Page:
Osteoporosis Rates Among African-Americans with RA
Minorities have historically been under-represented in medical research and clinical trials, for a variety of reasons; reasons that have been debated among medical ethicists, sociologists and others. Some of the reasons cited include ethnocentrism – Caucasian male scientists design experiments for and recruit Caucasian men; mistrust – minorities do not trust that Caucasian scientists have their best interests at heart (see the Tuskegee Syphilis Study sidebar); and lack of referral – physicians fail to refer minority patients to trials.
One group of researchers, funded by the National Institutes of Health/National Institute of Arthritis and Musculoskeletal and Skin Diseases and the Arthritis Foundation, is doing its part to examine potential racial and ethnic disparities in rheumatoid arthritis (RA). The CLEAR (Consortium for the Longitudinal Evaluation of African Americans with Early Rheumatoid Arthritis) registry has enrolled more than 300 African-Americans with RA of no more than two years’ duration from five institutions across the southeastern United States. This longitudinal, observational study is designed to understand the factors that determine the development and severity of RA in African-Americans. This is the first research program designed specifically to evaluate RA among African-Americans. These volunteers, predominantly women, have given generously of their time for the advancement of the understanding of early RA and its impact on African-Americans.
One small portion of the CLEAR study is measuring bone density and observing the effects of RA and RA medications on bone density.
What problem was studied?
The goal of this observation was to determine the prevalence of osteopenia and osteoporosis among CLEAR participants. The presence or absence of osteopenia and osteoporosis are not determined by absolute numbers on bone mineral density (BMD) tests. Rather, their diagnoses are based on a statistical approach. People whose BMD is 1 – 2.5 standard deviations (SD) below the reference mean for young adults are diagnosed with osteopenia; those whose BMD is ≥2.5 SDs below the young adult mean are diagnosed with osteoporosis.
The problem arises when you look more closely at the reference data. The large pools of otherwise healthy people from whom BMD measures are typically drawn are matched for sex, but are not always matched for race or ethnicity to the person being tested. It was found in a previous study that young, healthy African-Americans have approximately 10 percent greater BMD than young healthy Caucasians. So, it was hypothesized that the assessment of bone health in this group of African-American RA patients would be highly dependent on the race or ethnicity of the reference population.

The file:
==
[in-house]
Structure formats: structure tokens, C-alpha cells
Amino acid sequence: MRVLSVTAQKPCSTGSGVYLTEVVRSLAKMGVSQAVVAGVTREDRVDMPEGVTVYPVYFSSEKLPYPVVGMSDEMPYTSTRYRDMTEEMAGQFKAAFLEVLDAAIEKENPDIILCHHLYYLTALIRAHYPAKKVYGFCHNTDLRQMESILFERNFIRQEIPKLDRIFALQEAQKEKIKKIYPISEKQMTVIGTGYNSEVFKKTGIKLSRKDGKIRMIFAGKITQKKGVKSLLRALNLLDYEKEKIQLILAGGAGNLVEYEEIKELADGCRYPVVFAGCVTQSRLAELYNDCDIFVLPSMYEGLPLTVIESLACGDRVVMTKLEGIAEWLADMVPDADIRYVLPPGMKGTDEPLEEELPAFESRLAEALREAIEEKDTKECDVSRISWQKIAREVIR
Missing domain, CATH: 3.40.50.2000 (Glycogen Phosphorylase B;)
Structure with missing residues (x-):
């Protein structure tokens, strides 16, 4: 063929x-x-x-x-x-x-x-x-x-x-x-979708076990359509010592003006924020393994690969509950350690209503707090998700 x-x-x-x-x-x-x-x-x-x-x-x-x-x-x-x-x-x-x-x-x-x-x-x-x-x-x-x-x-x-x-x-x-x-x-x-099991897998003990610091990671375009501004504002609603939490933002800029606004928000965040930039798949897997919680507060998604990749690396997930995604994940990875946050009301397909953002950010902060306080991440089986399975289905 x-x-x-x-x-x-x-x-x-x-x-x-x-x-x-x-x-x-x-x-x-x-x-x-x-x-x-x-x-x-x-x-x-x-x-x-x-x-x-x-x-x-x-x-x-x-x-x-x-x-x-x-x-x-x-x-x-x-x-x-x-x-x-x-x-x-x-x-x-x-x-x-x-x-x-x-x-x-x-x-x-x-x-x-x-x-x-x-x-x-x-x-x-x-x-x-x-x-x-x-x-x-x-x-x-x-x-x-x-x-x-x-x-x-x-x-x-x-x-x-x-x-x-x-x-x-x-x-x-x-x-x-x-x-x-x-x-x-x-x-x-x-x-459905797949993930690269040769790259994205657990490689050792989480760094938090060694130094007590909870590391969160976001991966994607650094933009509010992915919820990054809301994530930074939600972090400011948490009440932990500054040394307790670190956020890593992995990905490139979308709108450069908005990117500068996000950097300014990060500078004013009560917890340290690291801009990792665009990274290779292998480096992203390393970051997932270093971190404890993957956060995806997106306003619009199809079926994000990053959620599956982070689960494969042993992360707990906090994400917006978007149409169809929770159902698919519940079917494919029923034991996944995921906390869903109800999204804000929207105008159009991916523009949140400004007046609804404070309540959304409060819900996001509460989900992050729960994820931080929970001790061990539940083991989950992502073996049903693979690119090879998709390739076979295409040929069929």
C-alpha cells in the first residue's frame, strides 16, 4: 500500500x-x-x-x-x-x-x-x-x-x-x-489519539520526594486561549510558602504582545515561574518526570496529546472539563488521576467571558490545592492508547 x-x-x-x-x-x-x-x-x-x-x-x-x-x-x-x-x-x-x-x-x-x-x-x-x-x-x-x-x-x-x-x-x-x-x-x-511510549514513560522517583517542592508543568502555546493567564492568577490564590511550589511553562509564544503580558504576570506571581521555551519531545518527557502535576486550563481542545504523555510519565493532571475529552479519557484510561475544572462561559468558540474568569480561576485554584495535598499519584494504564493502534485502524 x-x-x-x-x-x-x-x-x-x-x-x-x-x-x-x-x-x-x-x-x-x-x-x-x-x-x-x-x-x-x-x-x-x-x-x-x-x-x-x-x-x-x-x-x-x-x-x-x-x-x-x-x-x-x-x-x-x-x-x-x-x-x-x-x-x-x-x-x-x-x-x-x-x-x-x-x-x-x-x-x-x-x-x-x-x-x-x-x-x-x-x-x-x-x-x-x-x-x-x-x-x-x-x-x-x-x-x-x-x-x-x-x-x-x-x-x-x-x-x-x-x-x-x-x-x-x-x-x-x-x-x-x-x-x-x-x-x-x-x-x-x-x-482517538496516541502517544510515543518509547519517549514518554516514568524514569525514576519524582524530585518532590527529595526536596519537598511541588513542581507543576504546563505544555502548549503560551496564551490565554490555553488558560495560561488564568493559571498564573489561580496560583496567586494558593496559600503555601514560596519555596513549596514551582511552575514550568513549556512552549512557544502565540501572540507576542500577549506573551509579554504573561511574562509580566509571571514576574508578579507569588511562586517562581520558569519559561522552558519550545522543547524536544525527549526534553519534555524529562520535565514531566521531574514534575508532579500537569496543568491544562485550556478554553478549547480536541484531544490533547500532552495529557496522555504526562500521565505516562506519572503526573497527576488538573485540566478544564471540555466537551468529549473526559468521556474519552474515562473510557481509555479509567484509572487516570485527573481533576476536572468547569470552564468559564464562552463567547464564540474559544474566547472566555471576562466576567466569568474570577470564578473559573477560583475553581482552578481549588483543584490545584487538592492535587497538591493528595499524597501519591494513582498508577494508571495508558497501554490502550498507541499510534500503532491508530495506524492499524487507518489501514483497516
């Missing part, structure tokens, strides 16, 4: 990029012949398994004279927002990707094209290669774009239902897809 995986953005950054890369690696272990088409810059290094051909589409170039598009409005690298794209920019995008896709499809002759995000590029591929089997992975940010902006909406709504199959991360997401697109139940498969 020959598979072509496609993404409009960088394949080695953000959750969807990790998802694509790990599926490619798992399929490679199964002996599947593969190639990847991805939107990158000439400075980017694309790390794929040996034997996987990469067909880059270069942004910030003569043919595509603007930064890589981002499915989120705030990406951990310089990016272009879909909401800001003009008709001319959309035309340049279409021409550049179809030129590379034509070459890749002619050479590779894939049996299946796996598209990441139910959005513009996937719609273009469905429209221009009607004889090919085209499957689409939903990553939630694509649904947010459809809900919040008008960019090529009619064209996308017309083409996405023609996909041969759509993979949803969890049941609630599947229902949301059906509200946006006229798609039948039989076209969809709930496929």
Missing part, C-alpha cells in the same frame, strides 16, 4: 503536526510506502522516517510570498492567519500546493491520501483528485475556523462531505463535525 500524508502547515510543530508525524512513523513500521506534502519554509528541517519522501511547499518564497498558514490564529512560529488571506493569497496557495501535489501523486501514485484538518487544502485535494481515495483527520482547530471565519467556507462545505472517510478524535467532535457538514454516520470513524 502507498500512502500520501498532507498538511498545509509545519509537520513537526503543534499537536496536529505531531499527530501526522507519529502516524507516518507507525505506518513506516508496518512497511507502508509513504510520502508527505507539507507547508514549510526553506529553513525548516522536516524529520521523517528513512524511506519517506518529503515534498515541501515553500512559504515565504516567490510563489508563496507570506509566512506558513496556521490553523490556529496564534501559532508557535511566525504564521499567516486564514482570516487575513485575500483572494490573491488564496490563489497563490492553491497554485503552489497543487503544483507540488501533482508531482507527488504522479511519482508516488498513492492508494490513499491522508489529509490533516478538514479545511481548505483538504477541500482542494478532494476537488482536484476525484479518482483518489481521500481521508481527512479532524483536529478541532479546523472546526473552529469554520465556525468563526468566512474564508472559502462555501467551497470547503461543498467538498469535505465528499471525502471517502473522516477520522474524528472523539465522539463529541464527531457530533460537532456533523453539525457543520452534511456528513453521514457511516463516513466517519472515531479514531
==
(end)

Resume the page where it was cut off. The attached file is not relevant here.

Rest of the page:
The CLEAR study investigators (including Arthritis Foundation-funded researchers Ted R. Mikuls, MD, MSPH; Kenneth G. Saag, MD, MSc; and Jeffery Curtis, MD, MPH) made determinations of osteopenia and osteoporosis based on both the standard reference data and reference data that were specifically selected to include only the race-matched reference population.
What was done in the study?
Using dual-energy X-ray absorptiometry (DEXA), researchers measured the BMD of the femoral neck (the top of the thigh bone where it connects to the ball portion of the hip joint) and lumbar spine of 172 study participants. Using a statistical computer program and two sets of normative data, the DEXA results were compared against a Caucasian population and a race-matched (African-American) reference population.
What were the study results?
Using the Caucasian reference data, approximately one-third of patients were classified as having either osteopenia or osteoporosis (40 people with osteopenia; 8 with osteoporosis). When African-American normative data were used instead, more than one-half were classified as having osteopenia or osteoporosis (67 people with osteopenia; 27 with osteoporosis).
What’s the relevance to people with RA or osteoporosis?
The prevalence rates of osteopenia and osteoporosis found in the study are not disproportionately higher than those seen in African-Americans without RA. This lets us know that osteoporosis is not a big risk at least early in the course of RA, although other study results reveal that it is a risk after prolonged disease.
Study results show that African-Americans are at risk of receiving different diagnostic classifications of osteoporosis than Caucasians based simply on the normative data used (which may differ from one physician’s office to another). What is not known, however, is how these racial differences in BMD correlate with fracture risk, the real end-point of concern.
All these study results point to the need for larger studies examining fracture risk in minority populations, and in the meantime, adoption of a standardized approach to osteopenia and osteoporosis diagnosis in these populations.
Mikuls TR, Saag KG, Curtis J, et al. Prevalence of osteoporosis and osteopenia among African Americans with early rheumatoid arthritis: the impact of ethnic-specific normative data. J Natl Med Assoc 2005;97:1155–60. PMID: 16173331